Construction of Questionnaire

At first, one is inclined to think that the construction of a questionnaire is simple. All that is necessary is to write down the questions to be asked and have them printed on sheets of paper. Unfortunately, the problem is deceptive. It is easy to write down questions but are they the right questions? Will a question mean the same thing to Mrs Longstreet in Fort Collins, Colorado, as it does to Mrs Vanderbilt in New York City? Will it mean the same to either of them as it means to the researchers? Slight variations in question wording may make a considerable change in the answers obtained. Which is the correct alternative? If one question is asked before another, it might get a different answer than if it is asked after the other. If some questions are asked, respondents may refuse to answer other questions incorrectly.

Questionnaires are the measuring instruments used in marketing research. If they are to produce measurements, they must be both valid and reliable. In one public opinion survey, the following question was asked with the results shown:

Which of the following statements most closely coincides with your opinion of the Metallic Metals Act?

Thirty percent of the respondents had no opinion; the other 70 percent distributed their answers as follows:

It would be a good move on the part of the United States (21.4 percent).

It would be a good thing but should be left to the individual states (58.6 percent)

It is all right for foreign countries but should not be required here (15.7 percent)

It is of no value at all (4.3 percent)

If these data were included with other information and presented in a leather bound report, they would be impressive evidence in favor of the second alternative. Of course, the point is that there is no such thing as a Metallic Metals Act. Questions will get answers, but do the answers mean anything?

Political differences over American involvement in Vietnam in the late 1960s and early 1970s led many politicians to conduct polls among their constituents to determine the latter’s attitudes on the question. Two such polls, both conducted in New York City at about the same time, asked the following questions, with the results shown.

Do you approve of the recent decision to extend bombing raids in North Vietnam aimed at oil reserves and other strategic supply depots around Hanoi and Haiphong?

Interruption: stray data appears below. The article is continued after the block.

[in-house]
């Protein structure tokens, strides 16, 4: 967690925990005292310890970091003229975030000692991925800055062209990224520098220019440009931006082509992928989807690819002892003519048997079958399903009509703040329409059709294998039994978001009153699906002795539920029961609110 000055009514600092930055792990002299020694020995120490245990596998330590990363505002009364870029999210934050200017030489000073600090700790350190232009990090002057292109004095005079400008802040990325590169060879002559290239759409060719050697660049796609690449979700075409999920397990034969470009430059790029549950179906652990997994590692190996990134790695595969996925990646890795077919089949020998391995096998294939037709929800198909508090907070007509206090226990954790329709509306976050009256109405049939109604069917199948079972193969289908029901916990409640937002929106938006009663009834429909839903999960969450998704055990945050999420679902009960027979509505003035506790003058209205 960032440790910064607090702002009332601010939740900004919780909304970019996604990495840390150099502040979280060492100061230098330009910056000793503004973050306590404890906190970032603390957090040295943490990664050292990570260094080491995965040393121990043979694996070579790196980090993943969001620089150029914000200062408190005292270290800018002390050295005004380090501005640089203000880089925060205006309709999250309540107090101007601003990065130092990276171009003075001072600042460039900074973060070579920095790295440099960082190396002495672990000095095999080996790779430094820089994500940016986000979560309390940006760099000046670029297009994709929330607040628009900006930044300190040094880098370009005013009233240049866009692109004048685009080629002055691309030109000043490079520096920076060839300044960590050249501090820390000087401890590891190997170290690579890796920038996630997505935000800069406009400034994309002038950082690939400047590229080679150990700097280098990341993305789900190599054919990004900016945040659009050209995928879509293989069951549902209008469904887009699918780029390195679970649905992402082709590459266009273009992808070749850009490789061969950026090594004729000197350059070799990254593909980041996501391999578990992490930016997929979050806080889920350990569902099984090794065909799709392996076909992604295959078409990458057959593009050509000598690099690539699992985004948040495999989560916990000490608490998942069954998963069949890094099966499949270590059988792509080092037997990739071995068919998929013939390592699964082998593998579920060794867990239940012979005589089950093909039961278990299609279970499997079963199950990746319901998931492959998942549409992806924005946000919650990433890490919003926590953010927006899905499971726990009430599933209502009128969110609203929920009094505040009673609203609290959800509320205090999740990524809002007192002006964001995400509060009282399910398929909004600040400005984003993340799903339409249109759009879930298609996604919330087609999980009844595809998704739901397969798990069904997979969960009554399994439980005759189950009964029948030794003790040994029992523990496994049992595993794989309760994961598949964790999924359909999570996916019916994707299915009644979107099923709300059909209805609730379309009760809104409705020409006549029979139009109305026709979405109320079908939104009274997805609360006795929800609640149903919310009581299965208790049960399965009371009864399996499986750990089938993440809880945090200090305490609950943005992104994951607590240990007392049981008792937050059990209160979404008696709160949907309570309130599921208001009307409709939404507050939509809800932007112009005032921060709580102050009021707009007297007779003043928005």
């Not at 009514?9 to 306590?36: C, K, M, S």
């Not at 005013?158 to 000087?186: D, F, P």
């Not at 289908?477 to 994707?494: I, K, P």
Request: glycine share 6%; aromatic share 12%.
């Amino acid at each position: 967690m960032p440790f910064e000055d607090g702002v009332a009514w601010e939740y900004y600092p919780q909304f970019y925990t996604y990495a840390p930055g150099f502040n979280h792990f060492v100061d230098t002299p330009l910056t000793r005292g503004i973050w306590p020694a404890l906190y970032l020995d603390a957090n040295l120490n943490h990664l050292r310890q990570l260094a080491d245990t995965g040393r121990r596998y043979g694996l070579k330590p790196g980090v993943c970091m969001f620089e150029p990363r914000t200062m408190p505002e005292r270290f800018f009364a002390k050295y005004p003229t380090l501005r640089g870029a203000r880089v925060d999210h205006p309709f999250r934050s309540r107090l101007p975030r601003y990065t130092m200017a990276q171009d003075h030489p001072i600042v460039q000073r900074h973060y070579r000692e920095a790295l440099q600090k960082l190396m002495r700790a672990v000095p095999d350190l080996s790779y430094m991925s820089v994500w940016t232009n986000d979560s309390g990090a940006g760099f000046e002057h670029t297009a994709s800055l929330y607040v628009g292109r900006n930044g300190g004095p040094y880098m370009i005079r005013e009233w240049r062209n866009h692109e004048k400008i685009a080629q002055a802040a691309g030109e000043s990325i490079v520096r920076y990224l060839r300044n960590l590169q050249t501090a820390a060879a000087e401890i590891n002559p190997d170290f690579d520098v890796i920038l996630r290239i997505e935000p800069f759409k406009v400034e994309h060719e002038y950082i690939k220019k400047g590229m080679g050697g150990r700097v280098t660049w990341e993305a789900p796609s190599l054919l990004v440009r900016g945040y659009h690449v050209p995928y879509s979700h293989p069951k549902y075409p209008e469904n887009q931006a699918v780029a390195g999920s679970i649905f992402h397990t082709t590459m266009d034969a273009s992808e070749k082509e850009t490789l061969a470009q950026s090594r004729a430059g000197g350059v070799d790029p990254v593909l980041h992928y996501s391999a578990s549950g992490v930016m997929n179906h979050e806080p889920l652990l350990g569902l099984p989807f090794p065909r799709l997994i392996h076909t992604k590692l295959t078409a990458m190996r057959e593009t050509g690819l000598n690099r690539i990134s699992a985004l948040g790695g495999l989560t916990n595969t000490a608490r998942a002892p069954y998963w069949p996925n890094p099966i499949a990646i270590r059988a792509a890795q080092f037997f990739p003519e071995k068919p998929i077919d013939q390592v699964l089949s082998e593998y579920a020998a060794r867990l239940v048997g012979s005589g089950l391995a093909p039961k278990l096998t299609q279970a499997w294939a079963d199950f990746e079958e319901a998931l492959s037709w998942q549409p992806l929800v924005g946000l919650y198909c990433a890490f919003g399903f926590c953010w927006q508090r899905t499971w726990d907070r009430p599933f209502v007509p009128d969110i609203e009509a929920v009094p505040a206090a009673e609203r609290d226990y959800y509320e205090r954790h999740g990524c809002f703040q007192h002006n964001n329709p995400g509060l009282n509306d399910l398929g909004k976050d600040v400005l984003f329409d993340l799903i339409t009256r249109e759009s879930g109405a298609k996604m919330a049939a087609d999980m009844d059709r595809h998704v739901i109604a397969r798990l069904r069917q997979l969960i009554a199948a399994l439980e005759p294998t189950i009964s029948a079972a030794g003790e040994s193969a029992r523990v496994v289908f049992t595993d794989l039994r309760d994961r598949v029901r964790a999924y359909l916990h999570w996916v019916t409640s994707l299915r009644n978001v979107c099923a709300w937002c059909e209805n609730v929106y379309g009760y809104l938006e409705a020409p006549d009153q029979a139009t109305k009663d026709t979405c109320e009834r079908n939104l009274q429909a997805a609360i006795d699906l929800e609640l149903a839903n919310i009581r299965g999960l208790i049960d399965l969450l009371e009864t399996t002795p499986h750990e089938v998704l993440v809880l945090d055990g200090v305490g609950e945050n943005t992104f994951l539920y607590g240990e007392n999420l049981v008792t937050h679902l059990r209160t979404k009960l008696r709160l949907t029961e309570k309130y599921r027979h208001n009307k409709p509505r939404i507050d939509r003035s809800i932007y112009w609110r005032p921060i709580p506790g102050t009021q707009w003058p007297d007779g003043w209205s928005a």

Yes 66%
No or don’t know 34

Do you believe the United States should bomb Hanoi and Haiphong?

Yes 14%
No or don’t know 86

While the wording of these questioning differs slightly, they seem to be getting at the same issue. They leave one less than sure what the “true” sentiments of the public are on this question. The questioning is not reliable as it produces different results the same thing is asked in different ways.

In May 1975 the British government was faced with a decision to remain in the European Common market or to with draw. The prime minister decided to have a public referendum on the issue. He stated that he wanted a single straightforward question that the public could answer yes or no. One can hardly imagine a more crucial question- wording problem. Many different versions were proposed, but the one finally selected was the following:

Do you think that the United Kingdom should stay in the European Community (the Common Market)?

The authors of this text do not believe this was the best possible wording. After studying, students may want to try their hands at improving the question.

As the above discussion indicates, the questionnaire can be the source of many errors in a survey, probably more errors than other aspects of survey research. These errors can be summarized under the following headings:

Memory – the respondent can’t remember the incident or remembers incorrectly

Motivation – the respondent may be motivated to report incorrectly to provide a better image of him self.

Communication — the respondent may not understand accurately what he is asked.

Knowledge – the respondent simply may not know the answer